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IMG_4004The rain was ill-timed, for sure, and my garden is at risk.  Water has been an issue all summer.  Hubris and the bottom falling out of my life goaded me into believing that an overhead watering system was much easier than taking the time to put in the soaker hoses this year, so I’ve got powdery mildew shrouding the leaves of squash and cucumbers, cantankerous wilt encroaching on the tomatoes.  The soaker hoses I did lay down and test in June were either fixed too many times to work properly or just didn’t work at all.

My own eyes seem to be malfunctioning, too.  After those unspeakable hours when my beloved sidekick and best buddy had gone from seemingly healthy to “when they’re this far gone they usually don’t make it,” when I suddenly, terribly, intimately, finally understood the keening wail and hear-tearing grief of the ancient Greeks, they stopped knowing how to cry.  Something broke inside my head, and tears seemed to flow at their own will.

They didn’t come when I needed to feel some iota of resolution of a good life put to rest in the days that followed, stumbling around on the beach and begging for a sneaker wave to come take me.  They came and come while driving down Willamette or stepping into the fish market or making coffee or brushing my teeth, just enough to wet my eyes, and then go away again.  This pain births itself from you and rends you and makes you incomplete, absolutely paralyzed, sitting on your chest and not moving until — one hopes — it decides to climb down and go possess someone else.

You spend all your time still with the fear that there’s no consolation over the loss of a pet like him, and no longer consolation in your life. Instead of getting better, it just gets heavier and more leaden and more unreal. Even my subconscious has given up; the one fleeting glimpse of him I had in a dream I completely lost it and begged him to come back to me, saying what I had said thousands of times but not pleading, not in such high, hysterical, desperate tones: Come here, baby! Momma needs you!

It’s easy to say sorry about the job, sorry about the husband, sorry about the thousand other things you lost this year, just as easy as it is to compartmentalize these terrible things and deal with them one at a time as a series of tasks.  But no, we really don’t even know how to be sorry about the uncanny child-friend-mate-comfort blanket-lover-shadow bond one forges with a bright-eyed and utterly devoted feline with whom one has such a singular connection; we don’t know how to move beyond it…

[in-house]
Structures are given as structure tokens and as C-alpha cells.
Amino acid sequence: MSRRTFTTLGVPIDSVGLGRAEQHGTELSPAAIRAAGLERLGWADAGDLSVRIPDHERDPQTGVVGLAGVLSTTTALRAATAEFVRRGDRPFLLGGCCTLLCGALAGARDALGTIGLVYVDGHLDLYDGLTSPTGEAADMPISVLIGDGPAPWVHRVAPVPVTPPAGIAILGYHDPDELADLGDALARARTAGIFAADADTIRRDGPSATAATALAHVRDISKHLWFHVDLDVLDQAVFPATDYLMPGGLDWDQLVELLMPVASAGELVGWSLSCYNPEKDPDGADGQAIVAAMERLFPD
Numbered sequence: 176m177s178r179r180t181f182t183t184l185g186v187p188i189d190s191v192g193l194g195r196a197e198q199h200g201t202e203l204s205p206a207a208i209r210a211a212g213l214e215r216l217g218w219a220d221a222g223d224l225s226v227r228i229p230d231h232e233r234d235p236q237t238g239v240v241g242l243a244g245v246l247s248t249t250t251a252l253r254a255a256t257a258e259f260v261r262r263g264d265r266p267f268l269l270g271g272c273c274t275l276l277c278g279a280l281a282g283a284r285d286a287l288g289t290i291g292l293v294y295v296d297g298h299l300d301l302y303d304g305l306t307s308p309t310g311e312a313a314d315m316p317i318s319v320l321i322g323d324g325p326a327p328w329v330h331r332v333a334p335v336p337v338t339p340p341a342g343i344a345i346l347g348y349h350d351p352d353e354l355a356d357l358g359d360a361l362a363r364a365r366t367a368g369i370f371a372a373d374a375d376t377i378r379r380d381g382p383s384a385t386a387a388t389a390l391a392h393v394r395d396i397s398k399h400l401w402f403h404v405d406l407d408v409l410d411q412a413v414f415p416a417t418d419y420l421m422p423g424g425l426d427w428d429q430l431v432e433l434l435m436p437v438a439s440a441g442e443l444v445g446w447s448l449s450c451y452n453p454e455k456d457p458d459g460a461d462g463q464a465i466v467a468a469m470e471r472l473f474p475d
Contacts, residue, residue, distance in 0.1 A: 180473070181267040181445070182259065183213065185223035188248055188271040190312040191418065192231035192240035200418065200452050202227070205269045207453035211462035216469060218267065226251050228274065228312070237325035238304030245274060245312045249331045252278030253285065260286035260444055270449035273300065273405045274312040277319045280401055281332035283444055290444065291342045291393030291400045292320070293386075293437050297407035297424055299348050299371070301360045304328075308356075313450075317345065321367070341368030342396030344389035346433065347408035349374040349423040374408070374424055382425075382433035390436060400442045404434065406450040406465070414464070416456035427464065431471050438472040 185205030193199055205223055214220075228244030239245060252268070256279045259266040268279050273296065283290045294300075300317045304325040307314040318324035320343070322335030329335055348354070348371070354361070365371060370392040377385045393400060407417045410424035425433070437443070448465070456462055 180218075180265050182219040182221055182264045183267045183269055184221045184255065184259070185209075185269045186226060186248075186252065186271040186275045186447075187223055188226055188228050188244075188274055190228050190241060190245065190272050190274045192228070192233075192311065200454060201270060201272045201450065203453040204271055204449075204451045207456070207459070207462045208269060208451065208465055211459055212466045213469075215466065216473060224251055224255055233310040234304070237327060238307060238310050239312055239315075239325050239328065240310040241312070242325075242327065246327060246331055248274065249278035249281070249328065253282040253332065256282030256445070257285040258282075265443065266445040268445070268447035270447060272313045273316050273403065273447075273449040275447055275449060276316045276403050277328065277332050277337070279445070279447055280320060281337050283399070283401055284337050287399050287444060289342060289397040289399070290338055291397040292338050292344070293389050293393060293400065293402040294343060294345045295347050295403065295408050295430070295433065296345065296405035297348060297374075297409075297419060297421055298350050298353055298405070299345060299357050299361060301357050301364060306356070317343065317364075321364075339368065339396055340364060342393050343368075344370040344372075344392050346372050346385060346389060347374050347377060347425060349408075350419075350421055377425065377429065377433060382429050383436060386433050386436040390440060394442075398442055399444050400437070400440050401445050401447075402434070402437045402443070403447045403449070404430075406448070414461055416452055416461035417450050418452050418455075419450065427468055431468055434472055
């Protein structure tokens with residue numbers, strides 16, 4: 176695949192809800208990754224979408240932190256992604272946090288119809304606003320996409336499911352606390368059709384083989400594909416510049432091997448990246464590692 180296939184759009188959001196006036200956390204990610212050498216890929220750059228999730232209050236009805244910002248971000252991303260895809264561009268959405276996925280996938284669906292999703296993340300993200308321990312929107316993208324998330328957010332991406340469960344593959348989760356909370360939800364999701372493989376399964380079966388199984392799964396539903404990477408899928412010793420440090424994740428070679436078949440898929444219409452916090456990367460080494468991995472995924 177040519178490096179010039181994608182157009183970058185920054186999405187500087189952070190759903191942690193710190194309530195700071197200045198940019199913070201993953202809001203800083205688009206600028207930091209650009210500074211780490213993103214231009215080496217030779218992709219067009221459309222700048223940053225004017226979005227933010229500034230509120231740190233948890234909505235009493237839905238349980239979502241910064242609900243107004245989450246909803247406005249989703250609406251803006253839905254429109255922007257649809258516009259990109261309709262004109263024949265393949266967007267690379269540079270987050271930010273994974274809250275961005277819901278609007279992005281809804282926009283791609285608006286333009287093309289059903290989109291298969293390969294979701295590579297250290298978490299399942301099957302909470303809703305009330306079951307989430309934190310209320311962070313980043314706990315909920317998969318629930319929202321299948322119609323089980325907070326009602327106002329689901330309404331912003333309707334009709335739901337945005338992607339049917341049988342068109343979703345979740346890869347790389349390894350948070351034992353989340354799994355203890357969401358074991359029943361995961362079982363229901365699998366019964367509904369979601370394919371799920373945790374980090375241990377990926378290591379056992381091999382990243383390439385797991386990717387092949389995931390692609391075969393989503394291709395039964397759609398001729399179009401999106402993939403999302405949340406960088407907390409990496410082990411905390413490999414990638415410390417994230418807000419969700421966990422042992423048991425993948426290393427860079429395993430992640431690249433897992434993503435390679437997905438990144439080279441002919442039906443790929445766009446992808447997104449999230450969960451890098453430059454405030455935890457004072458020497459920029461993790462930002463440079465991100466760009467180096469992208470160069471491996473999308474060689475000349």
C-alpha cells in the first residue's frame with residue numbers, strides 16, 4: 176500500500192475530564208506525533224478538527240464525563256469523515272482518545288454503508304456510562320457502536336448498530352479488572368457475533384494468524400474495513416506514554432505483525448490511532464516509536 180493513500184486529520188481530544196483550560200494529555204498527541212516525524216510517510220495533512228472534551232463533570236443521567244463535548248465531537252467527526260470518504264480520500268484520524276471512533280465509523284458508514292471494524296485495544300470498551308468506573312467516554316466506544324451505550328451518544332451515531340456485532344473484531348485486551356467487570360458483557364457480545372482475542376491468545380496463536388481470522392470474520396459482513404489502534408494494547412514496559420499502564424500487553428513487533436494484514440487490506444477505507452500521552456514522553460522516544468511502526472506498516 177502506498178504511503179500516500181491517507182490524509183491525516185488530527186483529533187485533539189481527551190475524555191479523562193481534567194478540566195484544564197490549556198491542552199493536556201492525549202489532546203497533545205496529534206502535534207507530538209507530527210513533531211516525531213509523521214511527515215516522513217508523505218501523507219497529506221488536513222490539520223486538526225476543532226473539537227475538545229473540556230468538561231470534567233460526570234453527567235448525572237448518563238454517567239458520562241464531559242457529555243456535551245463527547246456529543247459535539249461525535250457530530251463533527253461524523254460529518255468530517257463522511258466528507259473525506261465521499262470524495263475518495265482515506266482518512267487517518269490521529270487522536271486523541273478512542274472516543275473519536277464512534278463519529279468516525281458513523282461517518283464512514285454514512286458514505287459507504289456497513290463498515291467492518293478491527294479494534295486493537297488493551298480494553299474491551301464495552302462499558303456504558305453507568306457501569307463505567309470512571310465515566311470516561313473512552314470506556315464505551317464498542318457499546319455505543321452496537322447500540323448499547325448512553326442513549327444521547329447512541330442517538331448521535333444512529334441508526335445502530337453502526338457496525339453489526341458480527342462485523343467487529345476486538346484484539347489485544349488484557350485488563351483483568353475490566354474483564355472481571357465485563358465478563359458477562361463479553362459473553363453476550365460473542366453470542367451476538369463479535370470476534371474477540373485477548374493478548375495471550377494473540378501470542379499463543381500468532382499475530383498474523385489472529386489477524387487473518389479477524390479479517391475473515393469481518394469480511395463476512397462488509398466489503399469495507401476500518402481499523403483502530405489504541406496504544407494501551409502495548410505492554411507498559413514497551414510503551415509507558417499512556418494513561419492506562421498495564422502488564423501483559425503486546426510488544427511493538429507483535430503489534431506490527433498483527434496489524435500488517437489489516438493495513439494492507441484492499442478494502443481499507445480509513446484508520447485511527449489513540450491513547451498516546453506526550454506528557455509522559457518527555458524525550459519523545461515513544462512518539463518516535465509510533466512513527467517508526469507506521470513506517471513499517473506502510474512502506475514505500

And I’m just now getting around to mulching.

I moved the tomatoes to my Dissertation Draft Memorial Bed in the front of the house and the plants are gloriously erect and massive this year.  Huge, promising fruit have been developing well. There’s a grafted ‘Mexican,’ big luscious ‘Brad’s Black Heart,’ three ‘Amish Pastes’ sadly of the small and genetically muted variety, a nice ‘Carol Chyko’s Big Paste,’ my standard ‘Black Krim’ slicer, a ‘Hungarian Heart (which originated around 1900 in Budapest, like many good things), stalwart ‘Slava’, green and yellow ‘Grubb’s Mystery,’ Dawson’s Russian Oxheart,’ bright orange slicer ‘Kellogg’s Breakfast,’ and a deep yellow salad tomato, ‘Summer Cider Apricot,’ that I bought in a moment of weakness and don’t regret because of the unusual acidity.

At the first signs of blossom end rot, a virus we see every year on tomatoes as we transition from wet spring to dry summer in the Willamette Valley, we lay out calcium.  I’ve done it for years with ground eggshells dug in and dried milk watered deeply into the soil.  The first few tomatoes can be affected, but after they’re plucked and discarded, the rest are usually fine.

But this year, with the new bed and onslaught of trauma and my tragic confidence in watering methods against all portents from the gods, I didn’t see the early signs early enough.  Now most of the plants are infected, those big beautiful green lobes rotting from the bottom up like, well, there’s no point in veering off into the metaphorical direction, since you already get it.

I’m trying to cut my losses, then, with blossom end rot ketchup.  Safe canning practices say one’s not supposed to can with blossom end rot tomatoes, since the virus messes with the acidity, and since my crop is so damaged this year, I decided to make a batch of ketchup, which has enough acid and sugar added that slight variations in tomatoes don’t really matter.  And a little bitterness and salty tears just improve ketchup anyway.

And for sauce and paste and salsa?  I picked up a lug of organic ‘Scipio’ paste tomatoes from the good folks at Good Food Easy/Sweetwater Farm in Creswell, who are operating a farm stand on Sundays from 10-2 at 19th and Agate.  I ate one directly from the box and it was full and meaty and sweet and good.  Apparently, it’s also known as ‘Scipio San Marzano’ and ‘Astro.’ I’d warn folks off the regular ‘San Marzanos’ we grow in the valley.  It’s usually not hot enough and they take so long that they’re nothing like Italian ‘San Marzanos.’

Want the ketchup recipe?  Click here.

IMG_3421Boris Badenov Levin, RIP. 1997-2013.

Separate Two Eggs is my new, very occasional series about a lonely single woman eating sad meals alone. Or not. It’s really just a way to continue to queer food writing and add diversity to Mommy-blogging and monogamous couple-oriented fare (not that there’s anything wrong with that).

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